Brother J of X-Clan
R.I.P. Professor X: August 4, 1956 – March 17, 2006

xclan-1.jpgLumumba “Professor X” Carson passed away from spinal meningitis on March 17, 2006. It was a loss felt throughout hip-hop. As a member of the pioneering group X-Clan — along with Brother J, Sugar Shaft and Paradise the Architect — Professor X left his mark on hip-hop as an artist and activist. X-Clan was the group corporate America didn’t want you to hear. They promoted Black pride, unity and self-awareness. Their work — 1990’s To The East, Blackwards, and 1992’s Xodus — were hard-hitting albums that addressed political and social issues with the goal of uplifting inner city youth. They instilled pride and social awareness. They wore African medallions and the colors of Black Nationalism — red, black and green —influencing artists such as dead prez. But to their credit, X-Clan wasn’t overbearing or preachy. Professor X, thanks to his catch phrases — “vanglorious” and “sissy!!” — provided a balance by delivering the group’s message while also having fun. While Public Enemy garnered most of the mainstream attention, X-Clan was just as influential. The group, however, disbanded after their second album.

Professor X was the son of legendary activist Sonny Carson. Therefore, it came as no surprise that X continued to make an impact on the community even after X-Clan broke up. Through his organization, Blackwatch Movement, which was formed in the 80’s, Professor X followed in his fathers’ footsteps by promoting social awareness and community activism. He continued to work with his Blackwatch Movement up until his death. But the foundation that Professor X laid will never be forgotten. On the one-year anniversary of his passing, and X-Clan’s Brother J pay tribute to a hip-hop legend. Brother J discusses the past, present and future of Professor X’s Blackwatch Movement, as well as his influence on an entire generation of hip-hop fans.

Can you explain the values behind Professor X’s Blackwatch Movement?
Well, Professor X founded it and we have been apart of Blackwatch since about ’87 or ’88. Blackwatch was [intended] for people to experience Black Nationalist values in hip-hop music. And Black Nationalist values means improving the inner cities. When we were living in Brooklyn, we spoke about where we were living and speaking for the people we were raised around. As our message became more mature, we encouraged people of all ethnicities to step forward and represent their culture for freedom. I don’t want people to be scared of what I mean. It’s not a separatist terminology that I’m stating. It’s basically saying that we want to connect all the children of indigenous bloodlines that are here in the U.S. We want to start healing [them]. The pain is making them into drug addicts and addicts of violence and confrontation. There is hope for us to stop killing our neighbors and evolve gangs into movements like the Black Panthers. Blackwatch is an example of those movements and we’re taking examples of our eldership and putting them together so we can spark community development.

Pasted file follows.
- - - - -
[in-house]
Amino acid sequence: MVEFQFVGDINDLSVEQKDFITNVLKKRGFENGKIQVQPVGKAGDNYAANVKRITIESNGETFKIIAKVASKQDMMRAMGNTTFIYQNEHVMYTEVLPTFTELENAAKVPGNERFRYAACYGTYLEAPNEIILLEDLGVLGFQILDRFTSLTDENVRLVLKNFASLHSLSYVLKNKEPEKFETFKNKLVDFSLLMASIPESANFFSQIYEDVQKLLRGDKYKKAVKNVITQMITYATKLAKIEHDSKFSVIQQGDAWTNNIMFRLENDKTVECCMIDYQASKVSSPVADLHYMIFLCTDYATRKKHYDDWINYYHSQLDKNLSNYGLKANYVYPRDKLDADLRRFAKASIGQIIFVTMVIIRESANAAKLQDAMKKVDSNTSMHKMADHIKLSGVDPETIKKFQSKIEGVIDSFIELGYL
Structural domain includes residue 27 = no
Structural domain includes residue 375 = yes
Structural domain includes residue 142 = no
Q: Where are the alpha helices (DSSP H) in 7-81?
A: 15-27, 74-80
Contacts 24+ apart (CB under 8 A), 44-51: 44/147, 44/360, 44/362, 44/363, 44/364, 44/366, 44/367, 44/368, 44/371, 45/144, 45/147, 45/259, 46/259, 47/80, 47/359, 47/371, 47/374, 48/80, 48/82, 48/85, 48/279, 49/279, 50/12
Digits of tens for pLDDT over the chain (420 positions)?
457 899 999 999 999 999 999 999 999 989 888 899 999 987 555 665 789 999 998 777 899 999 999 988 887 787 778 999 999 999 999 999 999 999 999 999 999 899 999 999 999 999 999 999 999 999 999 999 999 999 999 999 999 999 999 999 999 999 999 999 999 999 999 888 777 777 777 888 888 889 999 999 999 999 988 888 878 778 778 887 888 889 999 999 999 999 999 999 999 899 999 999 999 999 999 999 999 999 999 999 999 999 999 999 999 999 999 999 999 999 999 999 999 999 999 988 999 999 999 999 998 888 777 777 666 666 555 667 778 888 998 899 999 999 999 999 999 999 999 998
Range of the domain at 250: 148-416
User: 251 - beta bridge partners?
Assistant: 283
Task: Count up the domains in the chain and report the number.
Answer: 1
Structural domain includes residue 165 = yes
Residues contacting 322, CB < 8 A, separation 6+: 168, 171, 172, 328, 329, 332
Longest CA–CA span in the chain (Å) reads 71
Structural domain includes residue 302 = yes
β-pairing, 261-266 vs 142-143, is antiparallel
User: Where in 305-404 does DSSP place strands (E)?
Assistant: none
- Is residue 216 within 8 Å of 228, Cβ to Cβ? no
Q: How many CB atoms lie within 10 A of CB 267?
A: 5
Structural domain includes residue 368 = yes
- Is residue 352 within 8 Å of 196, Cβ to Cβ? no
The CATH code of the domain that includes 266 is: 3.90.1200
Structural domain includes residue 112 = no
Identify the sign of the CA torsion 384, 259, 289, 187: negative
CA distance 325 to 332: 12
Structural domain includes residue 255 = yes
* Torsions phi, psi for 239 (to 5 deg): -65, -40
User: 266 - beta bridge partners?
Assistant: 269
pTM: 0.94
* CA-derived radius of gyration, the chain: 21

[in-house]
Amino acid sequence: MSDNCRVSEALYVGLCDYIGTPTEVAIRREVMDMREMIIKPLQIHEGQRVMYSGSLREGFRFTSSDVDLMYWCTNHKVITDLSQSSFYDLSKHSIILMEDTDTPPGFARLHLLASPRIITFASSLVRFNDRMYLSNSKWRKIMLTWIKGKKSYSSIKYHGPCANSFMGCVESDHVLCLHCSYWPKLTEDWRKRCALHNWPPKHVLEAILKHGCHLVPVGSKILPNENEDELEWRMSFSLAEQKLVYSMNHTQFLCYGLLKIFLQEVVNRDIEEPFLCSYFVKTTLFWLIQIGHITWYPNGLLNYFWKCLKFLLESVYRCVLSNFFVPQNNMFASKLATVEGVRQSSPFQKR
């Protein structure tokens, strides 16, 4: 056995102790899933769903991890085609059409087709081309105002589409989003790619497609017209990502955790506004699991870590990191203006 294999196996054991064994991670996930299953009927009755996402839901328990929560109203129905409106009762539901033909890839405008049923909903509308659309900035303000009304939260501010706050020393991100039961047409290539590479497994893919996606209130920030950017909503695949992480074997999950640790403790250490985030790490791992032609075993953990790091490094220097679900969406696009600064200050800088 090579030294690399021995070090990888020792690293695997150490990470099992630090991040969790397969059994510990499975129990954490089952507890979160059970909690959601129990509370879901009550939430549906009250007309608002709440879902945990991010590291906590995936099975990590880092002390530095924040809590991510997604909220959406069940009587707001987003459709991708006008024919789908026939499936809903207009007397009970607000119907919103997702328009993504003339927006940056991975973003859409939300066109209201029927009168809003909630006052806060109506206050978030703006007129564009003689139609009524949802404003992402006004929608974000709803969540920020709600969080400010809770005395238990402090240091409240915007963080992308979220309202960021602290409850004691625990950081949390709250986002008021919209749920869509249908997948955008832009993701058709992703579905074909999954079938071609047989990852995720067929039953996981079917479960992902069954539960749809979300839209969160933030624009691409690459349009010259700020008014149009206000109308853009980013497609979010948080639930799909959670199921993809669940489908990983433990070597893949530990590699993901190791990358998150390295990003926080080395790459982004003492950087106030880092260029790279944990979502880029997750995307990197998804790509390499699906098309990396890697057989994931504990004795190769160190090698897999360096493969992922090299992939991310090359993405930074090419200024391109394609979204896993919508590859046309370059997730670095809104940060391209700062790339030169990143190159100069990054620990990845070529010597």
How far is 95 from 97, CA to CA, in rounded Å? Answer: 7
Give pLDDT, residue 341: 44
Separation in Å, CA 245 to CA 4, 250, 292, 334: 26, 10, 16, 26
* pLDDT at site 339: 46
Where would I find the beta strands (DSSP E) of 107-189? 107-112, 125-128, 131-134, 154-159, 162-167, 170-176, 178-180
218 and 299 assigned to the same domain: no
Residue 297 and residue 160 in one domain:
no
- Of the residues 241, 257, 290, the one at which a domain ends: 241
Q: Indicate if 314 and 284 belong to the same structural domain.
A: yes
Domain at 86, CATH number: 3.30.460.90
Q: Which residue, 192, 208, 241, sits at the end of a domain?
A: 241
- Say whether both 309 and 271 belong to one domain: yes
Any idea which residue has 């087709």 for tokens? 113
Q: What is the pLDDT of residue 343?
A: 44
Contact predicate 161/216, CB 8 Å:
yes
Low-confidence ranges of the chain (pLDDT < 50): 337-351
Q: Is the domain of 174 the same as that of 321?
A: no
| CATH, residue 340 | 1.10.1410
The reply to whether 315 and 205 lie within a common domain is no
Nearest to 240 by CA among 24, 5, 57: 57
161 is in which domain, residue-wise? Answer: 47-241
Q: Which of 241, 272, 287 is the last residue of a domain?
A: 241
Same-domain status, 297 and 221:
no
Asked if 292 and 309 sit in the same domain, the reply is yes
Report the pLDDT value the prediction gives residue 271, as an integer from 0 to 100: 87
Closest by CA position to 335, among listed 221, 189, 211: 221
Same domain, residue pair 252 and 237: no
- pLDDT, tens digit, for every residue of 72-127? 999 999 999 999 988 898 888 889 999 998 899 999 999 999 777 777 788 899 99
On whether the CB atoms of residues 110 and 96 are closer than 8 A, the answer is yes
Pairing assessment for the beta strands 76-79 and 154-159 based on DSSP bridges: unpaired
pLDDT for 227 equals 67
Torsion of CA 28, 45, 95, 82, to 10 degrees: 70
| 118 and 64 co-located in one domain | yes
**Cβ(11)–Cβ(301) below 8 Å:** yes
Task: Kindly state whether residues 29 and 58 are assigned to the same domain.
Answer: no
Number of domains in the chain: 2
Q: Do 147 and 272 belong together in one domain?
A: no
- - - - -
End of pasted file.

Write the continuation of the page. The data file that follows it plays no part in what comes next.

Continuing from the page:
How are you pushing forward the Blackwatch agenda since Professor X passed?
Blackwatch is starting a petition of the people, gathering between 150,000 to 300,000 signatures, stating that we demand between two to three hours of conscious music to be played on the radio. And we’re going to bring our own sponsors because we don’t want any favors. It’s a business and we can’t ignore that. So the Blackwatch Movement is rallying the people to get a [radio] petition done in 2007. We can’t value one man [Professor X] above all things. But we can [continue] his intentions and values. If we are dissatisfied with the music we are receiving, then it’s time to step to the government and let them know we are forgetting about the people. It’s time for the media and the people that have been quiet to step up.

How did X-Clan originate?

It was hip-hop that brought us all together. Lumumba [Professor X] was managing hip-hop groups, Architect was working with the Latin Quarters as a talent manager and Sugar Shaft and I were DJs/MCs out of Brooklyn with a little substance on our tongue. Professor X’s eye on our talent helped us get into a position where Island Records saw the difference in our writings. We weren’t ego-tripping. We were speaking about things that were happening in the streets, such as drugs, the loss of eldership and things of that nature. It was a big risk for them [Island Records] to get involved.

professorx2.jpgRecord labels were scared to sign X-Clan?
Yeah, but Island Records wasn’t scared. They had no fear of doing something different with black music. But on a regular label there was a lot of doubt about how to market a group [like us]. We are the black experience. We weren’t coming out with flat tops and the dance of the week. So it’s the same battle we are facing now, between pop music and conscious music. But the fans of X-Clan were partying and stepping to our music [as well]. We never had preachy conscious music that people had to stop and say, “Let’s sit down, start to pray and listen to X-Clan.” It wasn’t like that.

It’s been a year since Professor X passed away…
Almost a year ago to the day. He passed away from spinal meningitis on March 17, 2006. So it’s deep for us to be touring with Public Enemy right now in the month of our brother’s passing.